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Paternal psychological stress after detection of fetal anomaly during pregnancy. A prospective longitudinal observational study

Bekkhus, Mona and Braithwaite, Elizabeth and Kassen, Anne and Haugen, Guttorm and Naes, Tormond (2020) Paternal psychological stress after detection of fetal anomaly during pregnancy. A prospective longitudinal observational study. Frontiers in Psychology. ISSN 1664-1078 (In Press)

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Abstract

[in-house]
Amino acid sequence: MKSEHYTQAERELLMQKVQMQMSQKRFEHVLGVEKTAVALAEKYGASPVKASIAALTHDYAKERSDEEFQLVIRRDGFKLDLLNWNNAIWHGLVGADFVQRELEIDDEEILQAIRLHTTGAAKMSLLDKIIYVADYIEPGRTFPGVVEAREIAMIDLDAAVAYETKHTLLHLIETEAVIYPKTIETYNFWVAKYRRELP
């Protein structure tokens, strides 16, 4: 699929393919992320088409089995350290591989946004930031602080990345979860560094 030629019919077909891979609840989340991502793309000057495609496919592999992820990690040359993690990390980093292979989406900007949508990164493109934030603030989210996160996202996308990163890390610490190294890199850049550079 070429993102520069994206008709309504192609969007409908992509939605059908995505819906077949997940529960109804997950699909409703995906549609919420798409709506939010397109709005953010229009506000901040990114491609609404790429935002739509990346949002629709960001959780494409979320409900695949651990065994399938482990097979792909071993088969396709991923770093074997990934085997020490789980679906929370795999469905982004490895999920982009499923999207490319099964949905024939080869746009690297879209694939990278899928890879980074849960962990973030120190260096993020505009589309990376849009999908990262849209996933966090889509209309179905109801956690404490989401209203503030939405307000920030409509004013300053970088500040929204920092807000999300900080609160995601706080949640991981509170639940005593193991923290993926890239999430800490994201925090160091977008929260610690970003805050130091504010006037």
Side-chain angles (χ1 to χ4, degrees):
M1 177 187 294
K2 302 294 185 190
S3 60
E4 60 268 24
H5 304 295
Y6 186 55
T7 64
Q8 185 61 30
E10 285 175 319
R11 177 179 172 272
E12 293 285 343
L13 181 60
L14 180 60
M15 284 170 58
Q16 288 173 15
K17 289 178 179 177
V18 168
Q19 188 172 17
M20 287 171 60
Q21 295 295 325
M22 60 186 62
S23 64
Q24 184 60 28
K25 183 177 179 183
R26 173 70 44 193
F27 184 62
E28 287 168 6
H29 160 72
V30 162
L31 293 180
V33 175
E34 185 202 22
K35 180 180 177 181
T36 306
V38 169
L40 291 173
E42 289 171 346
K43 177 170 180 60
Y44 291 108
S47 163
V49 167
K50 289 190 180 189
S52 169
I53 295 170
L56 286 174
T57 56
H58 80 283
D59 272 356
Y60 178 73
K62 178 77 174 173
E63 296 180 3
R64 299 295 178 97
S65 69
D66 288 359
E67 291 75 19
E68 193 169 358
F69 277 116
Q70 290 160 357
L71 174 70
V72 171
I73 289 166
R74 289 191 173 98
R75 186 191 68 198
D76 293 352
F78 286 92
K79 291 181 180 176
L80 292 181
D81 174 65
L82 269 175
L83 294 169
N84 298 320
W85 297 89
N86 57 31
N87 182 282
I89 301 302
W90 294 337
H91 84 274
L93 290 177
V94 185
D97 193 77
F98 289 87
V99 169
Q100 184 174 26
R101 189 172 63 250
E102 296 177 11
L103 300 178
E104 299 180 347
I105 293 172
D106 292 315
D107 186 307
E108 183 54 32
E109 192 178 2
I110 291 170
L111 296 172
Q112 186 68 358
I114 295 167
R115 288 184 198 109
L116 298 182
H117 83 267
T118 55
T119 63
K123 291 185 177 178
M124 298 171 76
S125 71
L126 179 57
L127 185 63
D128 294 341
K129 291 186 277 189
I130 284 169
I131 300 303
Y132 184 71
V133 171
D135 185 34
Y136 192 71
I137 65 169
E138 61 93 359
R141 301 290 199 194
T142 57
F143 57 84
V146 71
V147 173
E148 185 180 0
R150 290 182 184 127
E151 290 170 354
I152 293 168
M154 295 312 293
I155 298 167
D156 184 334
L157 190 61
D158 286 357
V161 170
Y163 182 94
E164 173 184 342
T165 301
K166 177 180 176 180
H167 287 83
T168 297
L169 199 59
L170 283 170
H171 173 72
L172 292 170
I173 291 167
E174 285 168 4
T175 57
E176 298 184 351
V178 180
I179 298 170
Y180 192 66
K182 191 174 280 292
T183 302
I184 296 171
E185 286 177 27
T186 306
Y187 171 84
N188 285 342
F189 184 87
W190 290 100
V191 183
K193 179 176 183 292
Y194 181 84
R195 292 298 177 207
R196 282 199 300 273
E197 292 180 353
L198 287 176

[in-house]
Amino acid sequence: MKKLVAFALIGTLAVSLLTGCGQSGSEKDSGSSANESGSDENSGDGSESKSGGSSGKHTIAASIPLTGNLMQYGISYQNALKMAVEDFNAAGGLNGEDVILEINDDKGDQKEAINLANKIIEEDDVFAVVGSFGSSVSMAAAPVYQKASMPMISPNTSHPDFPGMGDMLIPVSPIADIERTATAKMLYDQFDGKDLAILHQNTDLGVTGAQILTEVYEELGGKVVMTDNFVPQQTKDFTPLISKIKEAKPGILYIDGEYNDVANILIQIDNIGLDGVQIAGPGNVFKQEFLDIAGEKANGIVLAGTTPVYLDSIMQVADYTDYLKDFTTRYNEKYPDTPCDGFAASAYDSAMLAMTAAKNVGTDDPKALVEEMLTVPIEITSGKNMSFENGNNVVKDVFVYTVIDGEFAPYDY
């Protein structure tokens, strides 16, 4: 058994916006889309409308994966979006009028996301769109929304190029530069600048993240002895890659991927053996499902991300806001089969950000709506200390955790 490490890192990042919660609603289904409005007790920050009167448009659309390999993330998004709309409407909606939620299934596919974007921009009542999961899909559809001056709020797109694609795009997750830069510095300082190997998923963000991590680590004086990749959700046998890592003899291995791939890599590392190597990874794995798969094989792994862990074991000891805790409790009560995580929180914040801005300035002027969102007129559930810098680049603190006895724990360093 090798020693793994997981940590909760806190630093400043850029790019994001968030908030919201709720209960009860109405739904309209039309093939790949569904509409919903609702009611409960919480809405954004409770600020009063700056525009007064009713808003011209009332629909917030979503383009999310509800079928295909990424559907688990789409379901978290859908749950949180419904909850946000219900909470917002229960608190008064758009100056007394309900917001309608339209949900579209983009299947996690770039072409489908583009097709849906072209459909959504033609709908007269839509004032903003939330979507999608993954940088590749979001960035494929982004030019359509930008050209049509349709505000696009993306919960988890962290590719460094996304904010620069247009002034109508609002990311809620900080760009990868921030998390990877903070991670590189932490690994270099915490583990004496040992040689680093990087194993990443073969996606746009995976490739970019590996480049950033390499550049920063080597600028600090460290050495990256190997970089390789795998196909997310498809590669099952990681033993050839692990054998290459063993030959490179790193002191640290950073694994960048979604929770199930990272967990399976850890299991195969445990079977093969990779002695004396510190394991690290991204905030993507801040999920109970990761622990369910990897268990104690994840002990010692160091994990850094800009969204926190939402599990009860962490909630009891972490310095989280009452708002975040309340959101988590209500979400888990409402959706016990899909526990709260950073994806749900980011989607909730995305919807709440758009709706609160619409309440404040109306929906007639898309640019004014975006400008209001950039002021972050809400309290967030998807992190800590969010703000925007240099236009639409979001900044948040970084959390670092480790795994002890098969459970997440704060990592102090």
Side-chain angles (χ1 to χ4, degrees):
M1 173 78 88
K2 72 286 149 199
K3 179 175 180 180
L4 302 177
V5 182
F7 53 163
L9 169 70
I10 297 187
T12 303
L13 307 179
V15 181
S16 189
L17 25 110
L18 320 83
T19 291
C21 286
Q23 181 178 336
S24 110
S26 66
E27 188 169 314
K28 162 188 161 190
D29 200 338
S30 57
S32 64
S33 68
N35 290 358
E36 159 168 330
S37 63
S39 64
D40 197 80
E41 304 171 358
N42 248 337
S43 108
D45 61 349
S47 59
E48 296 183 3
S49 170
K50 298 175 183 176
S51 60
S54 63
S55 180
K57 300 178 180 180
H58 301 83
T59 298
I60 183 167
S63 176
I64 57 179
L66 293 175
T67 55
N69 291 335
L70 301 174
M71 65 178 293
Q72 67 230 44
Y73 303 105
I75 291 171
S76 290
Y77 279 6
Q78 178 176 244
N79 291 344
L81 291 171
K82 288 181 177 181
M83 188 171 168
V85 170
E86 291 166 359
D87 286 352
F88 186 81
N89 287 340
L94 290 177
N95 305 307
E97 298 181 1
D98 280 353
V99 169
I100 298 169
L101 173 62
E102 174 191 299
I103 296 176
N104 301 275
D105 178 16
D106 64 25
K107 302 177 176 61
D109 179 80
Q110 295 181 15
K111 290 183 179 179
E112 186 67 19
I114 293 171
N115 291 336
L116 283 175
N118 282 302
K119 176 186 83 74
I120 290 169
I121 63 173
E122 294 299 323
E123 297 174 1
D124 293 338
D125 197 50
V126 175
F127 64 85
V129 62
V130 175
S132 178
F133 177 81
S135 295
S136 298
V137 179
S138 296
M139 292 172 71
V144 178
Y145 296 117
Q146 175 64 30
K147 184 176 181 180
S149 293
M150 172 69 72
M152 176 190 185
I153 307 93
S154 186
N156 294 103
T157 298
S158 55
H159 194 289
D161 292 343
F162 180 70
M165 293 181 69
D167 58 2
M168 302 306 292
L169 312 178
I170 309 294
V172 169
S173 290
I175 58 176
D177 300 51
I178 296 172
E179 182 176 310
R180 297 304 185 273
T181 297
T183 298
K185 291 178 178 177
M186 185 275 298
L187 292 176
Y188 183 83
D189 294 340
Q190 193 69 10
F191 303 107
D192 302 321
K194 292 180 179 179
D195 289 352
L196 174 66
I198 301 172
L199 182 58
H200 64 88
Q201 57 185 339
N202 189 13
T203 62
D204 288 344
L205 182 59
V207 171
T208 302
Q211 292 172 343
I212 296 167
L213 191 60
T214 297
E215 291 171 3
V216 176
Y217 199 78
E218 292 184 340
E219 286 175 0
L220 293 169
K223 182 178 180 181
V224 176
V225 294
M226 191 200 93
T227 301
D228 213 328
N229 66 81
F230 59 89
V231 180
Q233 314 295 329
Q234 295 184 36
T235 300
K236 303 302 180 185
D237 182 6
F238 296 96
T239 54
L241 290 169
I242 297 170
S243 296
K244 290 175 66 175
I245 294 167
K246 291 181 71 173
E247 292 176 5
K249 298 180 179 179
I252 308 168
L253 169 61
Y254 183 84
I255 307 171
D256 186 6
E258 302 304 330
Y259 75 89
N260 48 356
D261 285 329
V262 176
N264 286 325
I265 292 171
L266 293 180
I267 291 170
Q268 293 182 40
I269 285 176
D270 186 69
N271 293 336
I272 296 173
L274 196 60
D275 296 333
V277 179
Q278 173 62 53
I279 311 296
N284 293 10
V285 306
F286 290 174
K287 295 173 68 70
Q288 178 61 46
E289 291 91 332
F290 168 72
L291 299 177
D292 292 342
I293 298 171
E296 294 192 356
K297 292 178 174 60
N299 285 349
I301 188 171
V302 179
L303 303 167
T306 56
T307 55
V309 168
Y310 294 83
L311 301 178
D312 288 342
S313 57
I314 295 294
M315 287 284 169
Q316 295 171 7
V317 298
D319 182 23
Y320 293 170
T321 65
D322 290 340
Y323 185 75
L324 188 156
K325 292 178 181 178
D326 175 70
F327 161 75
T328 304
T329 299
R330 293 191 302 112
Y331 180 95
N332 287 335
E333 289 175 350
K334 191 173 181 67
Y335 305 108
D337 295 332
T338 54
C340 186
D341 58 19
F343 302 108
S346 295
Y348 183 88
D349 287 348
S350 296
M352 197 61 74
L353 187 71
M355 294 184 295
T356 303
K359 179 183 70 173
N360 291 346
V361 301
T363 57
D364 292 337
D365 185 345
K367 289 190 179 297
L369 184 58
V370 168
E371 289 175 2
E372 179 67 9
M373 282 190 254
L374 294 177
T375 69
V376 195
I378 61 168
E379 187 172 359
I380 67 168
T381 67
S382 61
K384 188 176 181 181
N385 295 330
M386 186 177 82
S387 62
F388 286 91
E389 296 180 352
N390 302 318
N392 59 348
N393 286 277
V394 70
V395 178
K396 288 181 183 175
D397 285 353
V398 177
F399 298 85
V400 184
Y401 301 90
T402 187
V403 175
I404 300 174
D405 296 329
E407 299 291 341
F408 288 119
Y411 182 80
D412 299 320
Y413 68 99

Background and Aims. Knowledge of carrying a fetus with a prenatal diagnosed anomaly may cause acute psychological stress to the parents. Most studies focus on maternal stress, yet fathers are often present at the ultrasound examinations and birth, and therefore may be affected similarly to the expectant mother. However, to date no existing studies have examined how detection of a fetal anomaly emotionally affects the expectant fathers throughout the pregnancy. Our aim was to longitudinally examine general health perceptions, social dysfunction and psychological distress in a subgroup of men where fetal anomaly was detected during pregnancy. Methods and Results. This study is part of the SOFUS study, a prospective, longitudinal, observational study. Participants were recruited when referred for an ultrasound examination conducted by a specialist in fetal medicine at Oslo University Hospital on suspicion of fetal malformation (study group). We examined differences between the men in the study group (N= 32) and a comparison group (N=83) on the General Health Questionnaire (GHQ), Impact of Event Scale (IES) and Edinburgh Postnatal Depression Scale (EDPS) across four time points in pregnancy. Results from repeated measured ANOVA suggests that depression decreased over time among men in both groups (η2 =.15, p<.001). This effect was stronger in the study group, and differed from the comparison group (η2=.08, p<.001). There was also a main effect of time on IES scores, which decreased over time for both men in the study group and in the comparison group (η2=0.32, p<.001). That is, men in the study group were higher on IES initially, but this effect decreased more in the study group than in the comparison group. Men in tthe study group and comparison group did not differ on perceived general health (GHQ: p=.864,). Conclusion: Results suggests that detection of a fetal anomaly has implications for paternal mental health during pregnancy. Expectant fathers scored higher on EPDS and IES than the comparison group in the acute phase after detection of fetal anomaly, thus there is impetus to provide psychological support for fathers, as well as mothers, at this difficult time.

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